Sharing ‘time in a bottle’

Ken Burns said he decided to make his film about World War II partly because the stories were being lost. The veterans were slipping away from us. When we finally learned the true tale of a dog-fight with a B-32 over the Pacific, just recently, it was too late to hear the words from the man himself.

So when we listen to one of our “tribal elders” tell a little boy about the time he flew a plane like the Waco on display at Owl’s Head Transportation Museum just up the road from us here at Spruce Point Inn, we treasure the authenticity of the memory, delighting in its magnification through wonder-filled eyes.

The Mid-Coast is filled with such memories and moments, waiting to be discovered, sometimes where we least expect them. Like Proust (or the restaurant critic Anton Ego from “Ratatouille”) we sink our teeth into a bright summer day and find ourselves transported to an August picnic and a just-picked tomato from the vine, eaten like an apple, with the juices running down our arm.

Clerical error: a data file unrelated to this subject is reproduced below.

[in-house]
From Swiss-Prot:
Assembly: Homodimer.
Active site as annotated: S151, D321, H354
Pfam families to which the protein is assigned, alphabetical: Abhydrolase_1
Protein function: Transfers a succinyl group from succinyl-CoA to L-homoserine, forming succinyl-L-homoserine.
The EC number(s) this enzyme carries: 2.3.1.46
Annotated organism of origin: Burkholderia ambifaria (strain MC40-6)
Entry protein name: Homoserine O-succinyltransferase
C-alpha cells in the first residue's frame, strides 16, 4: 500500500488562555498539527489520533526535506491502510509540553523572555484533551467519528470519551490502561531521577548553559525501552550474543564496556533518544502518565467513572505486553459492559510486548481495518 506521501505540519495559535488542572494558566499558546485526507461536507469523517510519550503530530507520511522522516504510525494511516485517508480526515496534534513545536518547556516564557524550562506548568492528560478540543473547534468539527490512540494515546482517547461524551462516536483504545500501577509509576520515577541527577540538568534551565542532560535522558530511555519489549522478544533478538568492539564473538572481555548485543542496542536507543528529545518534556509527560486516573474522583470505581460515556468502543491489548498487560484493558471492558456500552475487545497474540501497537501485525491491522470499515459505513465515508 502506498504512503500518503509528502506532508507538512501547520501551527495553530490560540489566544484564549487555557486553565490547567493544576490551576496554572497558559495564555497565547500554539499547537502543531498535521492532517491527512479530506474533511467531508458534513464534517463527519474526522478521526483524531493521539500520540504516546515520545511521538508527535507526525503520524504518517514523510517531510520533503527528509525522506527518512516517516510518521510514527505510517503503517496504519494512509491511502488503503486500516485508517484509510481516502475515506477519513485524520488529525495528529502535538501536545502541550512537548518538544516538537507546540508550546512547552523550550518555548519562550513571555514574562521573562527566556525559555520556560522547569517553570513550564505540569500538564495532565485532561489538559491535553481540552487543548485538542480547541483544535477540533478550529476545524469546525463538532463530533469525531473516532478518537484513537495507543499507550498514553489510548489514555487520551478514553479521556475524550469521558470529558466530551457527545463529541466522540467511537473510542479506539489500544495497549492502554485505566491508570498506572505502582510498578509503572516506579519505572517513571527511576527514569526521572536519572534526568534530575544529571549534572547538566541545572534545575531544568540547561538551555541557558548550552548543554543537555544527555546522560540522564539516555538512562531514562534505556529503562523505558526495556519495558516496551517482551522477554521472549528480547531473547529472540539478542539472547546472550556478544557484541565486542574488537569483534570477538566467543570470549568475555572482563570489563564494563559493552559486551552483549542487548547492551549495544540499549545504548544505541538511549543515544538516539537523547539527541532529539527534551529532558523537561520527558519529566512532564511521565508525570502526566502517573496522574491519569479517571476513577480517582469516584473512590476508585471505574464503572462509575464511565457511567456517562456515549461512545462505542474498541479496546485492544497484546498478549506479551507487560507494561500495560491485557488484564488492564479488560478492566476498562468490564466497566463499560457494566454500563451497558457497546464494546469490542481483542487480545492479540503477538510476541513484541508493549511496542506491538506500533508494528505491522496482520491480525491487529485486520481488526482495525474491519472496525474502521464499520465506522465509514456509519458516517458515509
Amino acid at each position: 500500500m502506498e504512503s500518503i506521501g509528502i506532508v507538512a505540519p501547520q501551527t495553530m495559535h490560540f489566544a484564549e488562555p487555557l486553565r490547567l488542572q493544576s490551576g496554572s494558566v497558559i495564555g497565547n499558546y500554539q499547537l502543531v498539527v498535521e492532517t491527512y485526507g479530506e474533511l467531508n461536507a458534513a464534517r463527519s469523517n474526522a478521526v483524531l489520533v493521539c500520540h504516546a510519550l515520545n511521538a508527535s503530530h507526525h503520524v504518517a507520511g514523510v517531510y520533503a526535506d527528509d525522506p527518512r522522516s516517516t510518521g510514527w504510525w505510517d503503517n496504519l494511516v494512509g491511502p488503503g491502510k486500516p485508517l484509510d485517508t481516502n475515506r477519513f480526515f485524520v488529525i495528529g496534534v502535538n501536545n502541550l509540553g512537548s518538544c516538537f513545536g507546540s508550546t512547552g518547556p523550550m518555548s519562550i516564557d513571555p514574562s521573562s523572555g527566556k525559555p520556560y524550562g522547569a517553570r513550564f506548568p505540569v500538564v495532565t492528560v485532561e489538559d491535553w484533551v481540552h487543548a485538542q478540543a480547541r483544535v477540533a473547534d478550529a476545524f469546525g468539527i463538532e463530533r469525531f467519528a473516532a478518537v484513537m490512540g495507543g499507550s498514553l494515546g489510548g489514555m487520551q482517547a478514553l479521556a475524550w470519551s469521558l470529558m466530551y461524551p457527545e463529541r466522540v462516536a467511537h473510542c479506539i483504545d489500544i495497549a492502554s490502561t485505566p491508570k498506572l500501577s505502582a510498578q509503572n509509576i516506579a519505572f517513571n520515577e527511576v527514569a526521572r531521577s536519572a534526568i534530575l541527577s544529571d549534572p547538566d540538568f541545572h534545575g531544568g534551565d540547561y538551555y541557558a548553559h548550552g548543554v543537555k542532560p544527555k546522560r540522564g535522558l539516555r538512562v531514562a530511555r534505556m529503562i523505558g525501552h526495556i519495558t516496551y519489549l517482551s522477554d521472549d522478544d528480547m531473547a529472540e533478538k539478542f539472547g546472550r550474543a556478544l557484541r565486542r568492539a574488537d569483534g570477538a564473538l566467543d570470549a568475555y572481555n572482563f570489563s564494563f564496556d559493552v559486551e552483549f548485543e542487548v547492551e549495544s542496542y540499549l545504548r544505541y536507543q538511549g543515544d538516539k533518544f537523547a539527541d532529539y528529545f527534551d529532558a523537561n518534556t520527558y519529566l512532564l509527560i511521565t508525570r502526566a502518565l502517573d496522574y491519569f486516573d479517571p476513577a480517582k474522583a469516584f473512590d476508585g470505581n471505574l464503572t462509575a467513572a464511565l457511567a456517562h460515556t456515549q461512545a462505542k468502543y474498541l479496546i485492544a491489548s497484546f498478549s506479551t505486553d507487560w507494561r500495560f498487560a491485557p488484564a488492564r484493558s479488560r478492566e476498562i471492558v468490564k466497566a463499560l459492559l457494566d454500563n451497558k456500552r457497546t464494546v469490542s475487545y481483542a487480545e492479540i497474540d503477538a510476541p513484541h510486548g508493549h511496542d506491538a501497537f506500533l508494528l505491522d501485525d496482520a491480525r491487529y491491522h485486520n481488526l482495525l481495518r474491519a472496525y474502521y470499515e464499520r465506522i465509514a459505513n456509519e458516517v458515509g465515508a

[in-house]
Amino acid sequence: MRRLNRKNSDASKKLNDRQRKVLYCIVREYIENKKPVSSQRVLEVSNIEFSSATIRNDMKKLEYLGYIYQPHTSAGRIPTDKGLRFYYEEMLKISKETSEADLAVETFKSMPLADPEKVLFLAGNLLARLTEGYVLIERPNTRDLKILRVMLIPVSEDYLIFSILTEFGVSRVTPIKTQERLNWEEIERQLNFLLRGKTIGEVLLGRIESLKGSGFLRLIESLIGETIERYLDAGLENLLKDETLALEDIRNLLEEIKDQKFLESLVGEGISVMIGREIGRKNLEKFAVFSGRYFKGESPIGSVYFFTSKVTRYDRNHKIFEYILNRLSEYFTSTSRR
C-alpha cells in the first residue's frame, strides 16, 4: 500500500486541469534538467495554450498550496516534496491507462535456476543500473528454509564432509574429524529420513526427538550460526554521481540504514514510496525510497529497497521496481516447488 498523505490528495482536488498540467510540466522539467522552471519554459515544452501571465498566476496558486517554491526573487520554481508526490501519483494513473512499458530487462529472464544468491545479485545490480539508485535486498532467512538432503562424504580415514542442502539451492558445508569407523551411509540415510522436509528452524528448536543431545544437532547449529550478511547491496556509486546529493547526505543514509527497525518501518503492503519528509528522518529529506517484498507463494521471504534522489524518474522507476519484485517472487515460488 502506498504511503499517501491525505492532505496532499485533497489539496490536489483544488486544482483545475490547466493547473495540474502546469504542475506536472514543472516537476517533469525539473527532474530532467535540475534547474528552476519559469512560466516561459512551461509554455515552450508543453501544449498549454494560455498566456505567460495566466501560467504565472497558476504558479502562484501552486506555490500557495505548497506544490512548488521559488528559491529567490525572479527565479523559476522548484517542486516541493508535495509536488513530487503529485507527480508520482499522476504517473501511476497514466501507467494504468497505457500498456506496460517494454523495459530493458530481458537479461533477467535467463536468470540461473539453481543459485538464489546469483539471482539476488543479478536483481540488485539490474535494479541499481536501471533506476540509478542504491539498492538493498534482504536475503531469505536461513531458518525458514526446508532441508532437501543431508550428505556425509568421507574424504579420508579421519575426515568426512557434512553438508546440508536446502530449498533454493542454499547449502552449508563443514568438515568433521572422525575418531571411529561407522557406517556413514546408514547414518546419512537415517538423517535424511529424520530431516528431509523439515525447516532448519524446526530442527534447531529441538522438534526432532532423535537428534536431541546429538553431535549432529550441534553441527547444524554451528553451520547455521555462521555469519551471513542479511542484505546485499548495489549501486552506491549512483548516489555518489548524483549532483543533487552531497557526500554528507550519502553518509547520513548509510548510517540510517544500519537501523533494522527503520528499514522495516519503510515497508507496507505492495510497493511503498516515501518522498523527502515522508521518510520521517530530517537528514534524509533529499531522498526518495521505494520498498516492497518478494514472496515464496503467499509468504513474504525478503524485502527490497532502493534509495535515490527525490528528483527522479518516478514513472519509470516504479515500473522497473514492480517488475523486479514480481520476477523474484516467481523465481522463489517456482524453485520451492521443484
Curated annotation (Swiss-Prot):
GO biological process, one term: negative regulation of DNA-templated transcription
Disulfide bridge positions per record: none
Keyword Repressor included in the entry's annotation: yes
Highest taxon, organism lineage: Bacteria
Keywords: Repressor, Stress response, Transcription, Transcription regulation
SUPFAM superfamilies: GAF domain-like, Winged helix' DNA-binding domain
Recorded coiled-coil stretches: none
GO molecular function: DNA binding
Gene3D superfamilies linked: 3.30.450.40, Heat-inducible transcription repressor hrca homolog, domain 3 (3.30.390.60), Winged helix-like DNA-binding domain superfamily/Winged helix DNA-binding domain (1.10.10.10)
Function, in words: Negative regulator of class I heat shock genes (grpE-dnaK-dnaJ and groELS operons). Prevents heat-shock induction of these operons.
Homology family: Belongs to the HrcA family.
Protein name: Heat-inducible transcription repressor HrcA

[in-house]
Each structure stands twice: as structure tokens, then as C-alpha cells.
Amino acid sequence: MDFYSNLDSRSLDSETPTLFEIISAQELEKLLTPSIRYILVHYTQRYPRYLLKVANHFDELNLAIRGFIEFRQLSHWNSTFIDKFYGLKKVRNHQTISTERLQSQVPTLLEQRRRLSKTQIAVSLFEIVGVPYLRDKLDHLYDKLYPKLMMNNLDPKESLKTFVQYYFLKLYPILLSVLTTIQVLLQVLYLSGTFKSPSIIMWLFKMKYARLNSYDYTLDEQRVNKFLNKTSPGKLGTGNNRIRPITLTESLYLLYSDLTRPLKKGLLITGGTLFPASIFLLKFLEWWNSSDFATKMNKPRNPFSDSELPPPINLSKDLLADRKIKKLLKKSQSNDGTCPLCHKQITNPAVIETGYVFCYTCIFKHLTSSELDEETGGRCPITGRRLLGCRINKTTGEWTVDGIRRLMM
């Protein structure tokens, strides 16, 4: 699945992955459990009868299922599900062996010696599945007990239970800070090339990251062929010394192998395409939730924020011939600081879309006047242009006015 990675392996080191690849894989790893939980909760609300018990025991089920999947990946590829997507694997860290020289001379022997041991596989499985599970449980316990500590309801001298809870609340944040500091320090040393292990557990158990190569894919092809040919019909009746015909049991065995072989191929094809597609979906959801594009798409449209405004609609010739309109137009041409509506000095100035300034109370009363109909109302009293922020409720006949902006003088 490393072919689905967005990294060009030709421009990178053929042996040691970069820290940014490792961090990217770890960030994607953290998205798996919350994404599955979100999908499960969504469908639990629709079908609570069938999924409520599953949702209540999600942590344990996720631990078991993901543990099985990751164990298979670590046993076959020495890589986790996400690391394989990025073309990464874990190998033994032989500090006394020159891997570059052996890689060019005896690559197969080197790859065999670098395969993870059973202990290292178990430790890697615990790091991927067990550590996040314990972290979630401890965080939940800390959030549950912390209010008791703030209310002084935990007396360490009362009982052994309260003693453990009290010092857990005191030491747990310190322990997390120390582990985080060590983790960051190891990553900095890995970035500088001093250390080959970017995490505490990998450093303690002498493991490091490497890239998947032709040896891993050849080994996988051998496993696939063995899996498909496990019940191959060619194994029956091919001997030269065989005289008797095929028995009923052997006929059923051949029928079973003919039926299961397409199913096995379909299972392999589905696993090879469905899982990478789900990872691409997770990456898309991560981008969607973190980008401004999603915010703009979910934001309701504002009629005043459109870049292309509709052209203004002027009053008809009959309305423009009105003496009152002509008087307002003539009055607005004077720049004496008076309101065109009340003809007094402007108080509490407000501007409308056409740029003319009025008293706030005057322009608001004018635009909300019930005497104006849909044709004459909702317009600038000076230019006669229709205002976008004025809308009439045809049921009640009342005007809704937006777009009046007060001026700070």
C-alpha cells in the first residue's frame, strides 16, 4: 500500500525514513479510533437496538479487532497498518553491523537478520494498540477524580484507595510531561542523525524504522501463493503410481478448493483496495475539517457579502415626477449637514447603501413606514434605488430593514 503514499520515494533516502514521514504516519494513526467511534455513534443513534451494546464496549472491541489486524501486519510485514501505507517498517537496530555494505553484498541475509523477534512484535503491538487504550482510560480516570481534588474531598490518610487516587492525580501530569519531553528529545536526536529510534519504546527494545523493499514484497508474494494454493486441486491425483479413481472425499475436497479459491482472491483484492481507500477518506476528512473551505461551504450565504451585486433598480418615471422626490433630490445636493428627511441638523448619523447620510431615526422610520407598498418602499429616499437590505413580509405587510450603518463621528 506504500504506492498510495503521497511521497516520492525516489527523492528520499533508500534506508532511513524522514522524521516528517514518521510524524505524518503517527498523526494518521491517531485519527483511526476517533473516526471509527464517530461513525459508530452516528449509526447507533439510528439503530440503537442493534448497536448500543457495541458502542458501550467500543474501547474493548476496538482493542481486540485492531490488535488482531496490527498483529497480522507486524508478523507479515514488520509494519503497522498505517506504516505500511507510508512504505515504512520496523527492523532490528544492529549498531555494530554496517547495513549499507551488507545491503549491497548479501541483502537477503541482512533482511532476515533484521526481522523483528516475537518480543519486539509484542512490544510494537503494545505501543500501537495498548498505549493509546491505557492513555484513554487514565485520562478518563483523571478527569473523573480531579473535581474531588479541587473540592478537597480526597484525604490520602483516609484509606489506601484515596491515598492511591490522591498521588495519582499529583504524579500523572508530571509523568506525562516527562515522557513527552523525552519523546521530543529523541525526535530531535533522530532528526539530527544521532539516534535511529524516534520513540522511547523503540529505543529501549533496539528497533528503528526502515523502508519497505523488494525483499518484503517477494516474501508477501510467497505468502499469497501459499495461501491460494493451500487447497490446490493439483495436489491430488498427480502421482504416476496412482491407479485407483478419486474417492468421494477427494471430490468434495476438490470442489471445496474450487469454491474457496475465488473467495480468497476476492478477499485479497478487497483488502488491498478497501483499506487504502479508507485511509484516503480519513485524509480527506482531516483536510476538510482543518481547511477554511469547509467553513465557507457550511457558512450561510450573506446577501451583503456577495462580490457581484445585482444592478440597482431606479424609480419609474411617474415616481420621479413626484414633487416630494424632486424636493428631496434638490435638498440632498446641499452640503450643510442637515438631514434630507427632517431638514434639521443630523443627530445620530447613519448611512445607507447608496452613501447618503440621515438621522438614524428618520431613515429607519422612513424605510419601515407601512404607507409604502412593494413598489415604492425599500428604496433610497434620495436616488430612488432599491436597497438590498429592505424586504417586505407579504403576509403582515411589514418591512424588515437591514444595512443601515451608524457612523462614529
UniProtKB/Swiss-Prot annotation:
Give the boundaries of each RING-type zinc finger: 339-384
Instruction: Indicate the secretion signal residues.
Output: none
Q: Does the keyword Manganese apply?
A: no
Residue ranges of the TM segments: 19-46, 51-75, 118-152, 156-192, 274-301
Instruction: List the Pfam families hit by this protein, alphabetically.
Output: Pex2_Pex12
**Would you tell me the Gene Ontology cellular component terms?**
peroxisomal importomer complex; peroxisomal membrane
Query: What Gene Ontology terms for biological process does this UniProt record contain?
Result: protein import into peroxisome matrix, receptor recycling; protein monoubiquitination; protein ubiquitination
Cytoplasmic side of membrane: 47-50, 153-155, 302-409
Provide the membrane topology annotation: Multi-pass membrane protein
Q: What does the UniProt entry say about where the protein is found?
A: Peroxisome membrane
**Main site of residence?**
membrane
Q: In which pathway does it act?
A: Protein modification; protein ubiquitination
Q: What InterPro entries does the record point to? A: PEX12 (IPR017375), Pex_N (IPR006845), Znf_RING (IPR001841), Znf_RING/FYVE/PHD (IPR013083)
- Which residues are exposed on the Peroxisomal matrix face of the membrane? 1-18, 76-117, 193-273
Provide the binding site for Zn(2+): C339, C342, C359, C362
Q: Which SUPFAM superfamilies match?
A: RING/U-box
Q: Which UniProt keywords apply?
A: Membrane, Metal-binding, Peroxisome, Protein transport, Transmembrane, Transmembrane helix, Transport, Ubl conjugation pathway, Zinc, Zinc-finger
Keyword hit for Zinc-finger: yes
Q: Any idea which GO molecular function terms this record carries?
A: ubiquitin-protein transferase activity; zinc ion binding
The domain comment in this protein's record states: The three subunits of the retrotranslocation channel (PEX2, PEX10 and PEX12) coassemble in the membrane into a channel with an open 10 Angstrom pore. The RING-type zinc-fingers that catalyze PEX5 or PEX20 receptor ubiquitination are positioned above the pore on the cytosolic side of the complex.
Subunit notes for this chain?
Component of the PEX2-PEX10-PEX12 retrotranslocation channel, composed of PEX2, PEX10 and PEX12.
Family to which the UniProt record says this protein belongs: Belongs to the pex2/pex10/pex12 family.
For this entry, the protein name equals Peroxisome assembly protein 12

We “take the kids” to Boothbay Railway Village to ride the steam train and discover a car just like the ’58 Thunderbird we had in college and share the delight of that roadtrip with “grandma” when we drove all night to watch the sunrise on Cadillac Mountain.

We walk into the Aquarium and step back into the first one we visited on that family summer vacation forty years ago. We find an amber-tinged home movie (remember those?) flickering in our mind’s eye.

The sense of place is tangible – and, even better, a treasure we can introduce to someone else – where there’s time left in the landscape. Time preserved in the authentic sense by a museum or historic site; and also the timelessness of a harbor, coastline or spruce forest that a visitor from a century past would recognize. The familiar, the “time in a bottle,” we pour to the glass of the next generation, one-on-one or around a festive table.

The artifacts are waiting. Our Inn-siders’ list of “places to go and things to see” are packed with spring-doors into memory.

Yes, we work hard to make sure we exceed guests’ expectations of our accommodations and dining, the waterfront, the recreational toys and our beautiful setting, But we also know how to help you find things you didn’t know you haven’t forgot. That’s really what we mean when we talk about ‘oceanside memories, made in Maine.”